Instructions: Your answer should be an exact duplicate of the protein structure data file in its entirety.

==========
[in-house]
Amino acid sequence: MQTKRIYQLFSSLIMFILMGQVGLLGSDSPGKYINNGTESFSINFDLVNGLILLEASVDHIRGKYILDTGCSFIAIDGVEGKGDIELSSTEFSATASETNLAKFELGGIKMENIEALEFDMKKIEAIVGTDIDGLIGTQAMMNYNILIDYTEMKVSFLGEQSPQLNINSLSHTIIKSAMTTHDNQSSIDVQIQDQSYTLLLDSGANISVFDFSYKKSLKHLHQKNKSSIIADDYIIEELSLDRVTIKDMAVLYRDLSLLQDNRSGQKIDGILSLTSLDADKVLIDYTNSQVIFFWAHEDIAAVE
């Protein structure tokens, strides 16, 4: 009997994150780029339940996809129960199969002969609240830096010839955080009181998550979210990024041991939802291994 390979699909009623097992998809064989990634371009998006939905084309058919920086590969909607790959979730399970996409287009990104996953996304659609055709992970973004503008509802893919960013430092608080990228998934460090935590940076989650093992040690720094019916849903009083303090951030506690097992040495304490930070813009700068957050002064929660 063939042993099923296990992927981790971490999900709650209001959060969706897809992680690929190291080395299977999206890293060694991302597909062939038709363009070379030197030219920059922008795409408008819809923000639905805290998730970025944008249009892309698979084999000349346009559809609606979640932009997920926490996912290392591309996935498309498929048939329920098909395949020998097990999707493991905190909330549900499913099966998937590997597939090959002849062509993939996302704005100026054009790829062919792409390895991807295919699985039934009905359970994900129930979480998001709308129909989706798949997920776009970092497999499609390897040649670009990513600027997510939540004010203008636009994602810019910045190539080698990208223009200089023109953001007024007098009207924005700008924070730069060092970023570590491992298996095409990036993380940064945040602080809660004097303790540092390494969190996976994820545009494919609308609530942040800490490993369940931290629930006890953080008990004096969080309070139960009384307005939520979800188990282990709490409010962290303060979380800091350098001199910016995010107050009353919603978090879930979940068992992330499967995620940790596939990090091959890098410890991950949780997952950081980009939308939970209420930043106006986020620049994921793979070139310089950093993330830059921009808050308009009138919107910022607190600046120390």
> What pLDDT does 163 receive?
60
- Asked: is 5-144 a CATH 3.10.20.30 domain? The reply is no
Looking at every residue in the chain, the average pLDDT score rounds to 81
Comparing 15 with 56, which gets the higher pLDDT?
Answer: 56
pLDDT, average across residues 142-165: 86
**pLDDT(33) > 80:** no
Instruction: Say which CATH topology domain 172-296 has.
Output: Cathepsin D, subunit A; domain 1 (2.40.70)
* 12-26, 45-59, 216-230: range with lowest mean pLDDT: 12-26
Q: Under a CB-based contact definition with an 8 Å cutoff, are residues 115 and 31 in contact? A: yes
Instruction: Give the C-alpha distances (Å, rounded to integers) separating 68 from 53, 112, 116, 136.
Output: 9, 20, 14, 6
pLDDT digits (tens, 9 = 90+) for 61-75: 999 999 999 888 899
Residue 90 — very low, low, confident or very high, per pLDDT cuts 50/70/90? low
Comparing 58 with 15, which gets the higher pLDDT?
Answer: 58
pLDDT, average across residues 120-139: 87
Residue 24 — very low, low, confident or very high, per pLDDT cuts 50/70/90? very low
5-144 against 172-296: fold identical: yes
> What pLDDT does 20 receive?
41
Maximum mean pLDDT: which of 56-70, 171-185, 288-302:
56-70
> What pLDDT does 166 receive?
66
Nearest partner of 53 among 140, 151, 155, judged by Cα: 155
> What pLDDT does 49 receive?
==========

[in-house]
Amino acid sequence: MQTKRIYQLFSSLIMFILMGQVGLLGSDSPGKYINNGTESFSINFDLVNGLILLEASVDHIRGKYILDTGCSFIAIDGVEGKGDIELSSTEFSATASETNLAKFELGGIKMENIEALEFDMKKIEAIVGTDIDGLIGTQAMMNYNILIDYTEMKVSFLGEQSPQLNINSLSHTIIKSAMTTHDNQSSIDVQIQDQSYTLLLDSGANISVFDFSYKKSLKHLHQKNKSSIIADDYIIEELSLDRVTIKDMAVLYRDLSLLQDNRSGQKIDGILSLTSLDADKVLIDYTNSQVIFFWAHEDIAAVE
């Protein structure tokens, strides 16, 4: 009997994150780029339940996809129960199969002969609240830096010839955080009181998550979210990024041991939802291994 390979699909009623097992998809064989990634371009998006939905084309058919920086590969909607790959979730399970996409287009990104996953996304659609055709992970973004503008509802893919960013430092608080990228998934460090935590940076989650093992040690720094019916849903009083303090951030506690097992040495304490930070813009700068957050002064929660 063939042993099923296990992927981790971490999900709650209001959060969706897809992680690929190291080395299977999206890293060694991302597909062939038709363009070379030197030219920059922008795409408008819809923000639905805290998730970025944008249009892309698979084999000349346009559809609606979640932009997920926490996912290392591309996935498309498929048939329920098909395949020998097990999707493991905190909330549900499913099966998937590997597939090959002849062509993939996302704005100026054009790829062919792409390895991807295919699985039934009905359970994900129930979480998001709308129909989706798949997920776009970092497999499609390897040649670009990513600027997510939540004010203008636009994602810019910045190539080698990208223009200089023109953001007024007098009207924005700008924070730069060092970023570590491992298996095409990036993380940064945040602080809660004097303790540092390494969190996976994820545009494919609308609530942040800490490993369940931290629930006890953080008990004096969080309070139960009384307005939520979800188990282990709490409010962290303060979380800091350098001199910016995010107050009353919603978090879930979940068992992330499967995620940790596939990090091959890098410890991950949780997952950081980009939308939970209420930043106006986020620049994921793979070139310089950093993330830059921009808050308009009138919107910022607190600046120390």
> What pLDDT does 163 receive?
60
- Asked: is 5-144 a CATH 3.10.20.30 domain? The reply is no
Looking at every residue in the chain, the average pLDDT score rounds to 81
Comparing 15 with 56, which gets the higher pLDDT?
Answer: 56
pLDDT, average across residues 142-165: 86
**pLDDT(33) > 80:** no
Instruction: Say which CATH topology domain 172-296 has.
Output: Cathepsin D, subunit A; domain 1 (2.40.70)
* 12-26, 45-59, 216-230: range with lowest mean pLDDT: 12-26
Q: Under a CB-based contact definition with an 8 Å cutoff, are residues 115 and 31 in contact? A: yes
Instruction: Give the C-alpha distances (Å, rounded to integers) separating 68 from 53, 112, 116, 136.
Output: 9, 20, 14, 6
pLDDT digits (tens, 9 = 90+) for 61-75: 999 999 999 888 899
Residue 90 — very low, low, confident or very high, per pLDDT cuts 50/70/90? low
Comparing 58 with 15, which gets the higher pLDDT?
Answer: 58
pLDDT, average across residues 120-139: 87
Residue 24 — very low, low, confident or very high, per pLDDT cuts 50/70/90? very low
5-144 against 172-296: fold identical: yes
> What pLDDT does 20 receive?
41
Maximum mean pLDDT: which of 56-70, 171-185, 288-302:
56-70
> What pLDDT does 166 receive?
66
Nearest partner of 53 among 140, 151, 155, judged by Cα: 155
> What pLDDT does 49 receive?